After Season 15 offered up Image of the Fendahl for Halloween, Season 16 gives us another Dennis Wheatley horror thriller set in contemporary Britain. So far, this is preferable, largely because the villains are more vivid (I love that De Vries smokes a cigarette and sips sherry during his interview with the Doctor: it’s so gloriously stockbroker-turned-Satanist) and there’s an oppressive, ominous atmosphere of empty countryside and haunting music that makes for an excellent contrast with the garrulous sci-fi of The Pirate Planet.
Not that the script doesn’t have its share of wit. It’s not as brilliant as The Pirate Planet, but David Fisher is another great addition to Graham Williams’ roster of writers. I particularly like how he develops the Doctor’s relationship with Romana. After a frosty beginning, they seem to be enjoying each other’s company with a nice line in friendly one-upmanship. The Doctor takes an early lead by being right about Romana’s choice of shoes.
However, there’s no sense that Romana isn’t able to hold her own. At the outset, she suggests she would be capable of carrying on with their mission if something happened to the Doctor – which prompts him to reveal the truth: she’s not working for the Time Lord President but the White Guardian. This is both a chance for stragglers in the audience to get a quick recap about the Key of Time mission, and for Fisher to give the Black and White Guardian’s more grand-sounding (and less racially unfortunate – I wonder if in 1978 anyone would have picked up on that) names: the Guardians of Light and Darkness in Time. The fannish bit of my brain also wants to join the dots between the Doctor’s talk of the universe being ‘in danger of eternal chaos’ with the entropy the Logopolitans are battling.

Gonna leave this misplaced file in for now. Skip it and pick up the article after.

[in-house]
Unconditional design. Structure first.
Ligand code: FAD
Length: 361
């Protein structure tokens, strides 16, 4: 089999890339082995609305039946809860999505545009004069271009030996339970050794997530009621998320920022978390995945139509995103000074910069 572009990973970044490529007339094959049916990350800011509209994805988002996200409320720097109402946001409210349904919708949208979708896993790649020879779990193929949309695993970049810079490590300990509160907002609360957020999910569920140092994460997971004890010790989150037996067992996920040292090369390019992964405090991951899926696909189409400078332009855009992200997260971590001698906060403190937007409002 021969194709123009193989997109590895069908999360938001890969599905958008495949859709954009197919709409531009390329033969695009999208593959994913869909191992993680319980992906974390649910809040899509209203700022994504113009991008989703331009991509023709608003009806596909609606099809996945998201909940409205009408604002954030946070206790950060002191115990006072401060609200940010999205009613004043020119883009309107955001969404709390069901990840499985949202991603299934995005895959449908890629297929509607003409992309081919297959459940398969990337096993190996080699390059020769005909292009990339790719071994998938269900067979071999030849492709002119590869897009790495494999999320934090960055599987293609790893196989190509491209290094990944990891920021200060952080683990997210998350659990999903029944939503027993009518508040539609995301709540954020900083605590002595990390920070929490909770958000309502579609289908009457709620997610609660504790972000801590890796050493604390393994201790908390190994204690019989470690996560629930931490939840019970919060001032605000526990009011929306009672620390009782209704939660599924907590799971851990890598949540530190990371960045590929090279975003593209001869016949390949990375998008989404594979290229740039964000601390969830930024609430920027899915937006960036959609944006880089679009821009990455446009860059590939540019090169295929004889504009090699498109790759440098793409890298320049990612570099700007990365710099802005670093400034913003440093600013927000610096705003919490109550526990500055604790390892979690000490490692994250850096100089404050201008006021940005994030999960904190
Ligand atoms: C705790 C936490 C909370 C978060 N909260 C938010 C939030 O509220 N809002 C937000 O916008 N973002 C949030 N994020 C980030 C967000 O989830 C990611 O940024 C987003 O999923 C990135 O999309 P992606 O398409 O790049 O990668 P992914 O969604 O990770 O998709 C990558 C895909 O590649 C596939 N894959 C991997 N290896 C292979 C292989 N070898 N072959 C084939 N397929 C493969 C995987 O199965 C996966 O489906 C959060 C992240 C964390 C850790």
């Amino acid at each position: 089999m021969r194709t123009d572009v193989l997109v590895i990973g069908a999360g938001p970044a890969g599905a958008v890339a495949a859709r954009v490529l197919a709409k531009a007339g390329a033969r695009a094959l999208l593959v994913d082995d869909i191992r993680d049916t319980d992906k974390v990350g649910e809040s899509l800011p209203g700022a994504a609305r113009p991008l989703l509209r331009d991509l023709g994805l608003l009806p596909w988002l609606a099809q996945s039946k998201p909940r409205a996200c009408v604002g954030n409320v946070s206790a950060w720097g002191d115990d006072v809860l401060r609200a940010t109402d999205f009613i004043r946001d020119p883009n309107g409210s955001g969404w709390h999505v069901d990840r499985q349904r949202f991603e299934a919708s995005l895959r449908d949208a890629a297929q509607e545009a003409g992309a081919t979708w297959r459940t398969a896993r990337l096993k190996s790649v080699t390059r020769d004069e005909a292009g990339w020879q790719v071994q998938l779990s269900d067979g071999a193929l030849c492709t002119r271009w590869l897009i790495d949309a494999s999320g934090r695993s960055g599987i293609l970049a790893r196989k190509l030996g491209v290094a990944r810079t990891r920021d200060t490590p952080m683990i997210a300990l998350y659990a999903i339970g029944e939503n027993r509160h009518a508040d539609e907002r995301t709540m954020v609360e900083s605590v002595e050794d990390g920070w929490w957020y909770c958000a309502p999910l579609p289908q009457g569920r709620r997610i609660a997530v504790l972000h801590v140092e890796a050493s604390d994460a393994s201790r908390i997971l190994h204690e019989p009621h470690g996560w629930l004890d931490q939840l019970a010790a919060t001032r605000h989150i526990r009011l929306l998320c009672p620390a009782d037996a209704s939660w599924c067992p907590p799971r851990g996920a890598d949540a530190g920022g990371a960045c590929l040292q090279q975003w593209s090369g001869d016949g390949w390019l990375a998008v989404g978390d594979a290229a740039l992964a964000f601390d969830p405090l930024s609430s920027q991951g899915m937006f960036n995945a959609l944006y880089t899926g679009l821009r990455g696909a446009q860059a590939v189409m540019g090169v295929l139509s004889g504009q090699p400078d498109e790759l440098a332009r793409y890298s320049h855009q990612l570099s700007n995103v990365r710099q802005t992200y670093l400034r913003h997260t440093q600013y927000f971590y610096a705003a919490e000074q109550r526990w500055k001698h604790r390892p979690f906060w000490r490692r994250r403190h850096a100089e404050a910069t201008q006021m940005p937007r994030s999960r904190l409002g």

This is quite the story for strong female roles. Tom Baker can, wonderfully, only gawp as Beatrix Lehmann witters on about old surveys and Cornish fogous. Susan Engel is much more glam, lightly flirting with Romana as she dismisses the doctor as a ‘typical male’. It’s also got some very creepy moments, which (perhaps mindful of the steer from above) are never allowed to go on too long or be too disturbing. The spooky cowled figure looming in the dark near the start of the episode quickly steps into the light to reveal the jowly, unscary face of De Vries. And we never see what the Doctor does that scares Romana into falling off a cliff – perhaps the feeling was showing the Doctor being frightening wasn’t the image they wanted to leave kids with.
Next episode: The Stones of Blood – Part Two